“And I can’t believe that you… that I can share it with you, at least the little that I can share!” she interrupted excitedly, squeezing her hands. “It’s a blessing, an unexpected blessing.”

“It is indeed, Cathy. I can see how different you are, and it’s wonderful! So, things have changed? No more… sighing? Rats, I’m dying to ask, but I don’t want to force you, or put you in an uncomfortable position…”

“Things have changed, and a big part of my life has come back to me.”

“You remembered?!”

“No, no… it’s… complicated… I can’t tell you more than what I’ve already said, but I do want to tell you everything, everything! I’ll ask if I can talk to you about it. Next time, I hope… I… you have been so close to me, so important… I want to share!”

“Cathy, looking at you so… ‘yourself’, at last, is enough for me,” Nancy replied, with a warm smile. “I’d kill to know what it is, though, Miss Mystery,” she snickered. “I knew that you were missing something… or somebody. I asked…”


“Nothing… nothing, for now. You’ll tell me, if you can.”

“I’ll try, I promise. I want to! Just let me ask first. Oh, Nancy, that’s wonderful! I couldn’t imagine that you were aware of anything to do with this… I think, I hope I can tell you everything soon.”

“I do too, Cath, but for now, I’m just happy for you. Look at you! You’re my old Cathy!”





I need to ask you something. Please, could you come to my balcony tomorrow night?


Could happiness be that simple?

Over the past two weeks, while she had eagerly become acquainted with the tunnel world, visiting them Below, spending time with them, and with him, he had been feeling her turmoil, her growing attachment, her need to be closer, and he had basked in those feelings.

Their time together had been with the others, not alone; apparently he had been just another tunnel dweller to her, albeit the most important one, the one she had met first, but now… He knew, he was sure that tomorrow, going to her balcony, being once again alone, just the two of them…

Everything was so… simple. Too simple.

Too simple? You coward... you fool!

He crumpled the note in his fist, a reflexive physical counterpoint to his mental snap, and stopped dead in his tracks, realizing what he had done. Carefully, he smoothed the note he’d almost forgotten he had in his hand. The park around him was dark and full of new growth, the sounds and smells and shadows of the spring night surrounding him, a welcoming and familiar scenario for his practiced role of shadow. He read the note again. Tomorrow. Whatever question it was that she wanted to ask, a real one, or a pretext, they would be there, together, alone, in love, and…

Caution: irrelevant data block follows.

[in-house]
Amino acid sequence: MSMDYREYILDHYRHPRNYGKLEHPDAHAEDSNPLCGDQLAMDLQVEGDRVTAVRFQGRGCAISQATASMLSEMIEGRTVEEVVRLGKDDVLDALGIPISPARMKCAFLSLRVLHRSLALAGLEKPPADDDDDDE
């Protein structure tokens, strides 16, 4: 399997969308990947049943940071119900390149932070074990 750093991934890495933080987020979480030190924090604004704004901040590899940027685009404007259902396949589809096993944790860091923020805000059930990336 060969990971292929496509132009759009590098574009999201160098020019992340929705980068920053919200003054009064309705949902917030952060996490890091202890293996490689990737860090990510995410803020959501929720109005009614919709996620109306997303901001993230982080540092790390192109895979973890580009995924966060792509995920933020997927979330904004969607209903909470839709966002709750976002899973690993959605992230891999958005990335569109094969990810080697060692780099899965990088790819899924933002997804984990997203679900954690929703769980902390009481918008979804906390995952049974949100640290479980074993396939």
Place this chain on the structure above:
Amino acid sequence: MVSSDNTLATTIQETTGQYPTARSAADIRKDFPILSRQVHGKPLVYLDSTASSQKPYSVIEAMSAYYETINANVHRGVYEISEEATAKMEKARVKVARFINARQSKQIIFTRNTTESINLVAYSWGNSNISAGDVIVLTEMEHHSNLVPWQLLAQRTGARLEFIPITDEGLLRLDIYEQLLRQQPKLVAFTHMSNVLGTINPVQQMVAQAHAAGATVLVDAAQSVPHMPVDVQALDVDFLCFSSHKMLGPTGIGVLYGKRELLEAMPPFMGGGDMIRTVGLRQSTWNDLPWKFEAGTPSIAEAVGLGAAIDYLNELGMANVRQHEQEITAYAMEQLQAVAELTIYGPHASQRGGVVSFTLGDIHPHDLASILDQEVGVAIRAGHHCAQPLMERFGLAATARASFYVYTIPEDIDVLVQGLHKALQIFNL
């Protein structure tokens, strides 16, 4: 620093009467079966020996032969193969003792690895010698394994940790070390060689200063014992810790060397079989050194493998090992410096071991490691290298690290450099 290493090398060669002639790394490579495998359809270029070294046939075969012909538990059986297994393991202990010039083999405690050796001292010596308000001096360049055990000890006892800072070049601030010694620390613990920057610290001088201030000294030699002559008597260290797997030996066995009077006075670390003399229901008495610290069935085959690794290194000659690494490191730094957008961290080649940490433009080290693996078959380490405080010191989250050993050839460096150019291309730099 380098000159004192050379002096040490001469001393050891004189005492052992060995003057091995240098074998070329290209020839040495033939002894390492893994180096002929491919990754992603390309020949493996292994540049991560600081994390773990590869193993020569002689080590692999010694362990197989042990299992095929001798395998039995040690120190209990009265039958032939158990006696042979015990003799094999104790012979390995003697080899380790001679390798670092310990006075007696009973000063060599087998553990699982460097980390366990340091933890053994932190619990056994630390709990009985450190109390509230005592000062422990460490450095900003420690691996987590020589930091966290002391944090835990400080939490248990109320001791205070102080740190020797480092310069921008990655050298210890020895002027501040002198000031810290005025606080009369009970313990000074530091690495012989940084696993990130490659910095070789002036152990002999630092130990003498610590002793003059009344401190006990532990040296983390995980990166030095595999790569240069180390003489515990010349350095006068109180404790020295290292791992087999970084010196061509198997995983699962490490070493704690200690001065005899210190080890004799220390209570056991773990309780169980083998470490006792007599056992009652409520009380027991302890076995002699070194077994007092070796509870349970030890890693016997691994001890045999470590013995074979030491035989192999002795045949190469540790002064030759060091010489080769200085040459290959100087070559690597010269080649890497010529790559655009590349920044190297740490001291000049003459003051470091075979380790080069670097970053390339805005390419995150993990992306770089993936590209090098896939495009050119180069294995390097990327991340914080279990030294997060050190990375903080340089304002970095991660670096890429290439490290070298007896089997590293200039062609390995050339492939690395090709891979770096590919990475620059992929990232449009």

He was scared. Why? Why? Isn’t this what I want?

He looked around, and realized where his feet were leading him, his brain too full to master them. When he had received the little note that night, he only knew that he needed to walk, to consume the burst of nervous energy surging from that flaring realization. Tomorrow…

Tonight, he was here. He resumed his stride. Not yet, a few yards, and then, there. Up there. He raised his eyes, and looked, from the ‘tender, sheltering dusk’, at her lit balcony. Also now, he could feel her longing. Tomorrow. Too simple.

He closed his eyes. Fool, fool. You do not deserve happiness.

He sat down, in the usual spot almost worn out by his bulky shape. How many nights had he sat there, dreaming impossible dreams, after she’d returned to her life, after those magical ten days Below? And more recently, how many nights had he guiltily done the same, when the “noble detachment” crumpled and he needed her so badly?

But now… now, why did he come here? She was his, for the taking. Why this obscure need for a distant longing? Is it fear? Of what? Can’t I feel her heart, even now, calling out for me? She wanted him, he wanted her. A woman, a man. A man?

Catherine… where are you? ‘ Feel’st thou my soul, here, through the darkness mounting? ’